The legend of Robin Hood, a noble English outlaw and a champion of the poor who fought against the forces of tyranny and injustice, has been passed down through the centuries.

Was there a historical figure behind the legend? Probably not. The western cultural myth of Robin and his Merry Men was no more than a voice of Saxon peasants in social protest – through songs and ballads – against the landowning gentry, the majority of whom were descendants of the Norman invaders. In 13th century England, the name “Robehod” was applied to any man who had been outlawed and was simply a generic name for outlaws, of which there were many. Therefore, the true identity of Robin Hood – if indeed he did exist – has probably been obscured by myth and legend.

Robin and his Merry Men – on the right Alan Hale as Little John

Nevertheless, the medieval legends of Robin Hood have furnished Hollywood with an abundance of material for almost a hundred years. A number of short silent films about the noble brigand were produced in the early 1900s but it was the 1922 Douglas Fairbanks silent version, directed by Alan Dwan, that set the cinema archetype. Almost nothing of the legend appears in this version and although the characters, Little John, Friar Tuck, Will Scarlett, the fair Maid Marian, and other familiar figures appear, they are all relatively unimportant roles. The accent of the film was on the chivalrous deeds of Robin Hood and the incredible acrobatic skills of Fairbanks. However, Douglas Fairbanks as Robin Hood,which cost $1.4 million, a colossal sum for a silent film, was unique in every respect and a major box-office winner. But the definitive and most enduring cinematic image of Robin Hood came sixteen years later in the Warner Bros. production The Adventures of Robin Hood (1938), starring the dashing Errol Flynn.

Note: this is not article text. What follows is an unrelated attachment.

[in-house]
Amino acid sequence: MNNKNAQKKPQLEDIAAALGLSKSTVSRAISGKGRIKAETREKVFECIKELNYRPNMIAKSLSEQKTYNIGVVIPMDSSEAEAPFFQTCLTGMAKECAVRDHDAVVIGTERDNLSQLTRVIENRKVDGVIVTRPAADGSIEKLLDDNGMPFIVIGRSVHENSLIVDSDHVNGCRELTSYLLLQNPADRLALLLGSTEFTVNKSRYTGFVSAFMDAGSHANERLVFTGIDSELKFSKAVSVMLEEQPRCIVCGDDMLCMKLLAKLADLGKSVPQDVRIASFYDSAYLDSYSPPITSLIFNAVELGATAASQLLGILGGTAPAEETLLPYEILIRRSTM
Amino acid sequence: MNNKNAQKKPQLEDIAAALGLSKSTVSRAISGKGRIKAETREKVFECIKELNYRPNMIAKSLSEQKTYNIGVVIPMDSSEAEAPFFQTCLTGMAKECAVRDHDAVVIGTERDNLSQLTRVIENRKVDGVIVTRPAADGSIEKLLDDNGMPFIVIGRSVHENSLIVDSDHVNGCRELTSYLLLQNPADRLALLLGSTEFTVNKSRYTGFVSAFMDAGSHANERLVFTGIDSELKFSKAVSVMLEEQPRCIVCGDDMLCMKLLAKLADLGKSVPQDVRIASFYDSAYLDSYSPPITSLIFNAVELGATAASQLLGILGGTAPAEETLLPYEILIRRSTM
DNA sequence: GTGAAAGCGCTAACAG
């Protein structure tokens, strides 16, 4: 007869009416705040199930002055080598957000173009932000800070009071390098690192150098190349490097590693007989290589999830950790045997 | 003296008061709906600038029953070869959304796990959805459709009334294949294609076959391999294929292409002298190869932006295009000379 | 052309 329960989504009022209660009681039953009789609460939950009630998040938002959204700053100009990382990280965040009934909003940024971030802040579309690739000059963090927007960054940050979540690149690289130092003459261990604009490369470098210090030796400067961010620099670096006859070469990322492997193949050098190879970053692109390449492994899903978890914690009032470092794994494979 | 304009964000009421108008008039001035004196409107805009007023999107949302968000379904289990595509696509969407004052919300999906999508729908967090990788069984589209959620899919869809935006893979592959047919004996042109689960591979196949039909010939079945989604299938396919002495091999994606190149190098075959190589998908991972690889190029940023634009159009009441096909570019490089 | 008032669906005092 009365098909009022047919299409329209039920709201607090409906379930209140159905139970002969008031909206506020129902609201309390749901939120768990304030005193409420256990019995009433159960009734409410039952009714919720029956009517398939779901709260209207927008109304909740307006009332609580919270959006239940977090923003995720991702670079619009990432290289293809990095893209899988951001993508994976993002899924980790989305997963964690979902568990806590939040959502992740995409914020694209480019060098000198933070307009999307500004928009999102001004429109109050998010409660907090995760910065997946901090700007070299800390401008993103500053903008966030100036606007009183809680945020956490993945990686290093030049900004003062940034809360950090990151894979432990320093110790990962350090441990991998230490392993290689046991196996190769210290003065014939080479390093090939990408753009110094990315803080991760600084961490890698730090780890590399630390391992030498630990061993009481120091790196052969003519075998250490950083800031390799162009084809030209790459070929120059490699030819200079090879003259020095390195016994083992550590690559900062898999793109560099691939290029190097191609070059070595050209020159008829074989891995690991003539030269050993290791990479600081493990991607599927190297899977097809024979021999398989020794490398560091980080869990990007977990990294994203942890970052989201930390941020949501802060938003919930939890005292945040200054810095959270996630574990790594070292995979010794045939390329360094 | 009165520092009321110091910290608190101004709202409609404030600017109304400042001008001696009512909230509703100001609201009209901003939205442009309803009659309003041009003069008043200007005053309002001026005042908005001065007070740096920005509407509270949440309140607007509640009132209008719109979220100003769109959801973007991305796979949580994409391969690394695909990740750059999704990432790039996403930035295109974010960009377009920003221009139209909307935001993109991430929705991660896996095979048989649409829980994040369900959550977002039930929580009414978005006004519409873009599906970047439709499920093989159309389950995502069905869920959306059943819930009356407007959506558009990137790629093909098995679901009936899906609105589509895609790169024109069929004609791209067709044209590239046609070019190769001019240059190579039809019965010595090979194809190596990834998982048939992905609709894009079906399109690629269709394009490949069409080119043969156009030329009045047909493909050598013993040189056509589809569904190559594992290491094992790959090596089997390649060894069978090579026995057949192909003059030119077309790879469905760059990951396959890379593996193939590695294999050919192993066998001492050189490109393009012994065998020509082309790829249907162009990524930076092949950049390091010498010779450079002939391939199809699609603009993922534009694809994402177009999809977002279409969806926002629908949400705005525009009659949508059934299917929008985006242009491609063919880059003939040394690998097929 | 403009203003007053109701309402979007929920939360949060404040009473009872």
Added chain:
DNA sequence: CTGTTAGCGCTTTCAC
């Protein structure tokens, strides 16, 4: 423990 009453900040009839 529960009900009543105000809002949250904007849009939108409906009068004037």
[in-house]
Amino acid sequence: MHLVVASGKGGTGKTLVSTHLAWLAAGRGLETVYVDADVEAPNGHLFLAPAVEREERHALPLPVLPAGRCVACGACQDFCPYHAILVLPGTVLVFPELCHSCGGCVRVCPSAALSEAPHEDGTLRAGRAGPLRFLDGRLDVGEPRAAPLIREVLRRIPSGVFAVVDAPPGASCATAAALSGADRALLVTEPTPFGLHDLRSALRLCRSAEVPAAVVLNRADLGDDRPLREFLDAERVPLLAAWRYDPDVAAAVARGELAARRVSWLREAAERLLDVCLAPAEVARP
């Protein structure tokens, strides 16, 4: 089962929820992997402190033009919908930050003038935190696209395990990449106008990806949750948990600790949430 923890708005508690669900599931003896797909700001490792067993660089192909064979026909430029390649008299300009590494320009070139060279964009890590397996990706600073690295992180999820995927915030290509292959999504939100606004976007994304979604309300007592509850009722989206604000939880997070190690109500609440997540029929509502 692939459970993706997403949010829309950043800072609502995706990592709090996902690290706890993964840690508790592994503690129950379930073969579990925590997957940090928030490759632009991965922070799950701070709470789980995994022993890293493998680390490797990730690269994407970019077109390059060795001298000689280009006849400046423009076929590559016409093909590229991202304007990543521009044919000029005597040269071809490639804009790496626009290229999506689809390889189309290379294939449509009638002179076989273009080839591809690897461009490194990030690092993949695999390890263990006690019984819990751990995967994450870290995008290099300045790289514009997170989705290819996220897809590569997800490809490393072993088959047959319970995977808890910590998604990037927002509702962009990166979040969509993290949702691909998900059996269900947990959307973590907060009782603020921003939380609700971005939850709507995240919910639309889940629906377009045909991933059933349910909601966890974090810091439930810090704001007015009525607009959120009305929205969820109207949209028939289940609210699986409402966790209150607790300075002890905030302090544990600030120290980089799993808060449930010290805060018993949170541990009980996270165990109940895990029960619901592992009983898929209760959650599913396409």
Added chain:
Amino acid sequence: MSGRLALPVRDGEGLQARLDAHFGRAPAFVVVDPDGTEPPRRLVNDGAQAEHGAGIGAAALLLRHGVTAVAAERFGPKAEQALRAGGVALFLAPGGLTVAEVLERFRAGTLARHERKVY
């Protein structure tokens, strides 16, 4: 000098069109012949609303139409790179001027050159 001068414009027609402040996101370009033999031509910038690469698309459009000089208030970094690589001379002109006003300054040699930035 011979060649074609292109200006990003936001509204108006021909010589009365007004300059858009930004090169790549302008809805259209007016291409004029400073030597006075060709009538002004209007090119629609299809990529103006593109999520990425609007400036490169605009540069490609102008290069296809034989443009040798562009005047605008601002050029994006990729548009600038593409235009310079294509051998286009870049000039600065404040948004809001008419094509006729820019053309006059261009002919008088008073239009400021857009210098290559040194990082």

In 1935, Warner Bros. decided to bring Robin Hood back to the screen with a brand-new storyline. James Cagney was announced for the lead role, but the tough guy actor became embroiled in a bitter contract dispute with studio head Jack Warner that led to him being suspended. Subsequently, the Robin Hood project was shelved. That same year a 25-year-old Tasmanian actor by the name of Errol Flynn was contracted to the Warner studios. He was at the time just a young hopeful contract player whose first appearance for the studio was playing a corpse, followed by a few more undistinguished minor roles. But when actor Robert Donat unexpectedly dropped out of the starring role of Captain Blood (1935) two days before filming was due to start, the virtually unknown Flynn was hastily cast in the lead role. The film opened in December 1935 to excellent reviews and the public, too, immediately took to the handsome, athletic Flynn and his beautiful co-star, Olivia de Havilland, making the movie a box office hit.

Warner’s now found to their complete surprise that they had a first-rate swashbuckling actor under contract. The studio cast him in two more “swashbuckler” productions, The Charge of the Light Brigade (1936) and The Prince and the Pauper (1937), which both proved popular with moviegoers.

As a consequence, when it was decided to resurrect the Robin Hood film, there was now only one actor on the Warner lot for the lead role – Errol Flynn.

With a fine screenplay based upon the ancient Robin Hood legends and Sir Walter Scott’s historical novel, Ivanhoe, it was decided by the executive producer, Hal B. Wallis, to film it in three strip Technicolor, making it at the time the most expensive film made by Warner Bros. Wallis assigned William Keighley, who had delivered for the studio a number of impressive gangster films, to direct the prestigious Technicolor epic. But following several weeks of shooting, the studio executive, after viewing Keighley’s daily rushes, considered there to be a too light-hearted approach to the material and a lack of input in his action scenes. The overall tone as a robust adventure film was missing and the production was falling well behind schedule.